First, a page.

What is "interarrival jitter"?

I've noticed it's available in mtr, but the calculated values don't make that much sense — they seem to be much larger than even the max jitter value. What would they be of use for?

Cns# mtr --report{,-cycles=100} --order "SRL BAWV JMXI" … ; date
HOST: Cns???????                    Snt   Rcv Loss%   Best   Avg  Wrst StDev  Jttr Javg Jmax Jint
  1.|-- cnst?????????????????????   100   100  0.0%    8.0   8.7  28.3   2.2   0.3  0.7 19.6  9.4
  2.|-- v320.core1.fra1.he.net      100   100  0.0%    5.3   9.2  22.9   4.5   0.4  4.8 17.6 73.4
  3.|-- 100ge5-2.core1.par2.he.ne   100   100  0.0%   15.0  18.7  41.0   4.6   7.3  4.2 26.0 47.8
  4.|-- 10ge15-1.core1.ash1.he.ne   100    99  1.0%   93.0  99.4 133.3   6.7   0.9  6.0 40.2 125.9
  5.|-- abilene-as11537.gigabitet   100   100  0.0%   93.7  98.0 159.5  11.7   0.0  7.8 65.7 149.4
  • Did any answer help you? if so, you should accept the answer so that the question doesn't keep popping up forever, looking for an answer. Alternatively, you could post and accept your own answer.
    – Ron Maupin
    Jan 5, 2021 at 19:11

1 Answer 1


(Fun fact: I used to work with the guy that originally wrote mtr in '97)

If you check out the source on github, specifically in net.c, there's this tidbit:

  int jinta;        /* estimated variance,? rfc1889's "Interarrival Jitter" */

RFC 1889 is the RFC for RTP, later superseded by RFC 3550. Here's the excerpt detailing how interarrival jitter is calculated (taken from RFC 3550):

An estimate of the statistical variance of the RTP data packet interarrival time, measured in timestamp units and expressed as an unsigned integer. The interarrival jitter J is defined to be the mean deviation (smoothed absolute value) of the difference D in packet spacing at the receiver compared to the sender for a pair of packets.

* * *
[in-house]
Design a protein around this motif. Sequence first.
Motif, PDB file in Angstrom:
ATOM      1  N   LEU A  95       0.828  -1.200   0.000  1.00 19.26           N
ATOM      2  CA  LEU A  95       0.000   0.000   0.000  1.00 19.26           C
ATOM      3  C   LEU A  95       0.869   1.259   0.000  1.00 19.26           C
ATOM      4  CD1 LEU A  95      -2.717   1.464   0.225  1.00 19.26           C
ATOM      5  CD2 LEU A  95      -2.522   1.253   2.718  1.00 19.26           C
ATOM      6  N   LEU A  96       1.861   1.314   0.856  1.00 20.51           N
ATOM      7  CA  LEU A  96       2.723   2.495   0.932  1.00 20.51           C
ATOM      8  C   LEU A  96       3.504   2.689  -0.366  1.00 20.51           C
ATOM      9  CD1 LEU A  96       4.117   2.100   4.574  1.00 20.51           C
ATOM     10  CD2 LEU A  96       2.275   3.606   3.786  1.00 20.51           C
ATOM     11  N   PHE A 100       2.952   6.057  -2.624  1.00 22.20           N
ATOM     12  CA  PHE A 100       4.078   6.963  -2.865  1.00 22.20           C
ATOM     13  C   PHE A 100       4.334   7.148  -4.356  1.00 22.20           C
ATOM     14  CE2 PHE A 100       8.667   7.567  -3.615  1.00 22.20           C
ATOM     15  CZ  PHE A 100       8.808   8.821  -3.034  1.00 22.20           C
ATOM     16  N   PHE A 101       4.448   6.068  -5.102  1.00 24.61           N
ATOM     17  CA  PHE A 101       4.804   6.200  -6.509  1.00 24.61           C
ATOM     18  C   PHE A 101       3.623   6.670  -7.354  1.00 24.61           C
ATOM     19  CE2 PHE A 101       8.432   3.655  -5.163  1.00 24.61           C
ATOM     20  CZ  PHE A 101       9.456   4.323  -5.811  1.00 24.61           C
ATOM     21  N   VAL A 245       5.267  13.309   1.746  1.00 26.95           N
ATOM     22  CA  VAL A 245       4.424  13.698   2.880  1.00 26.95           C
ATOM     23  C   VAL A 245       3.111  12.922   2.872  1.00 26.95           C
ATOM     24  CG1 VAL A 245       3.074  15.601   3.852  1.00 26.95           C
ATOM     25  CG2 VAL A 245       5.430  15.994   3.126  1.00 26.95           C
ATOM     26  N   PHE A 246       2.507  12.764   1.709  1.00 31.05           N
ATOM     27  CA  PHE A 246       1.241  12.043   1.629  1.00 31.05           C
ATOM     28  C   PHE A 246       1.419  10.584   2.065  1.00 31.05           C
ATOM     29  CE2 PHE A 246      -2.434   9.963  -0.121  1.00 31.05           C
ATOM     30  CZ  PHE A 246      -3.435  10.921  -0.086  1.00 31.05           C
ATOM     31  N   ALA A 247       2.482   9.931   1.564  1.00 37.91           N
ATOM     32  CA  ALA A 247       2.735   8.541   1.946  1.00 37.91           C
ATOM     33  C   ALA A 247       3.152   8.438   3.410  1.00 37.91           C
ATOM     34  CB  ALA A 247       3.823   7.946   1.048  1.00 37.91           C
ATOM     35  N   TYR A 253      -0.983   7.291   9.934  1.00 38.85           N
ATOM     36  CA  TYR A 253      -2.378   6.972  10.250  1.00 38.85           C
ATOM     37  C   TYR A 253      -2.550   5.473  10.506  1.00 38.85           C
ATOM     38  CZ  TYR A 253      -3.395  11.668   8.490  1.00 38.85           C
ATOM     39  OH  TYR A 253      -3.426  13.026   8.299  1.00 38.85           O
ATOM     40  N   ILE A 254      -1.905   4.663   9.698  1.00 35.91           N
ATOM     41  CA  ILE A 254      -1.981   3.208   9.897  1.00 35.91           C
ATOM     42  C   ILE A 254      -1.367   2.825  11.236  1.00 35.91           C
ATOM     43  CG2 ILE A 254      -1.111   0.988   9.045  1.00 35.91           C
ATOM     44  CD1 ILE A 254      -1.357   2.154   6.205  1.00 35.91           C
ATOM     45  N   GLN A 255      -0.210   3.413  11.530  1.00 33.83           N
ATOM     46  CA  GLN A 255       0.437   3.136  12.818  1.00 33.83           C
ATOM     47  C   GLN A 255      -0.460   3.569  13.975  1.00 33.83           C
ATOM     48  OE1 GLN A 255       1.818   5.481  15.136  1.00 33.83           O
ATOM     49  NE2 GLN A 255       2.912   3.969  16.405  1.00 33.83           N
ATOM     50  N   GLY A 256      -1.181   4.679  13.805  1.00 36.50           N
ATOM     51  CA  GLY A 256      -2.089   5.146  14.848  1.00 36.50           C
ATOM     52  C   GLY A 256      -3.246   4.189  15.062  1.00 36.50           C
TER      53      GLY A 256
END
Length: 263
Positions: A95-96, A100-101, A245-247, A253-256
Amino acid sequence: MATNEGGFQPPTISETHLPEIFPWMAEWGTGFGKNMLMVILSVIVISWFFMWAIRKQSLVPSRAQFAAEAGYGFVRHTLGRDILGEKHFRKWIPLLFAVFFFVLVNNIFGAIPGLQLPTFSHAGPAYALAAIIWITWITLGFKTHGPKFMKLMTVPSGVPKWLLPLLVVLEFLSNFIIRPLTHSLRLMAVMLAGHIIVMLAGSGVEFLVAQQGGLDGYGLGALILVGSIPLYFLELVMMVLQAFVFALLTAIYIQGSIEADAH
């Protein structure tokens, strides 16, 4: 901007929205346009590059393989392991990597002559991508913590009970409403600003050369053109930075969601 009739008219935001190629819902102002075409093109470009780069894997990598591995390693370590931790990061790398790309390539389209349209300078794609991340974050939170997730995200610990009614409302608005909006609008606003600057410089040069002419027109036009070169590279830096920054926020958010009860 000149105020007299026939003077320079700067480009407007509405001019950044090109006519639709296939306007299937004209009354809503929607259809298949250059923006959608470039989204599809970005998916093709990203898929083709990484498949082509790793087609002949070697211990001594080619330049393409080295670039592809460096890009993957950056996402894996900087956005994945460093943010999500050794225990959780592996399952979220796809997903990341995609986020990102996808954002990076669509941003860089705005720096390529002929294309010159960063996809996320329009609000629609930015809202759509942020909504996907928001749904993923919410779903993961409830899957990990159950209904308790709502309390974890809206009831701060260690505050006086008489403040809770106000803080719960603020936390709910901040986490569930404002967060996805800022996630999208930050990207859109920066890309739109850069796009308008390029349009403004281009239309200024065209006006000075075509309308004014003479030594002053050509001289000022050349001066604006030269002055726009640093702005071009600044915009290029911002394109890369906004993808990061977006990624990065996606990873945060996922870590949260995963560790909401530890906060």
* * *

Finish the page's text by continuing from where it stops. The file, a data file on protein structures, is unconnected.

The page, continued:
As shown in the equation below, this is equivalent to the difference in the "relative transit time" for the two packets; the relative transit time is the difference between a packet's RTP timestamp and the receiver's clock at the time of arrival, measured in the same units.

If Si is the RTP timestamp from packet i, and Ri is the time of arrival in RTP timestamp units for packet i, then for two packets i and j, D may be expressed as

D(i,j) = (Rj - Ri) - (Sj - Si) = (Rj - Sj) - (Ri - Si)

The interarrival jitter SHOULD be calculated continuously as each data packet i is received from source SSRC_n, using this difference D for that packet and the previous packet i-1 in order of arrival (not necessarily in sequence), according to the formula

J(i) = J(i-1) + (|D(i-1,i)| - J(i-1))/16

Whenever a reception report is issued, the current value of J is sampled.

The jitter calculation MUST conform to the formula specified here in order to allow profile-independent monitors to make valid interpretations of reports coming from different implementations. This algorithm is the optimal first-order estimator and the gain parameter 1/16 gives a good noise reduction ratio while maintaining a reasonable rate of convergence [22]. A sample implementation is shown in Appendix A.8. See Section 6.4.4 for a discussion of the effects of varying packet duration and delay before transmission.

  • So, what does it actually mean? Why would I want to see such a statistic, how does it benefit an average person in judging what's up with the connection?
    – cnst
    Dec 3, 2013 at 2:58
  • Jitter is simply the measurement of delay variation in between packets in packet streams. If you're testing the connection for applications that are jitter-sensitive (ie VoIP), this would be useful to you. For average troubleshooting purposes however (especially over the Internet), the usefulness of this metric is debatable. Dec 3, 2013 at 3:13
  • Well, my interest is primarily in packet loss and congestion, and jitter is an indicator, although my own definition of jitter seems to include the increase in latency over the lowest possible time that a packet travels a given route. So, basically, for my own purposes, it would seem like both the Javg and Jint is not very useful? Especially the Jint in a --report-style output, since the value would not reflect the whole count, as is it mostly based on the newest packets?
    – cnst
    Dec 3, 2013 at 4:00

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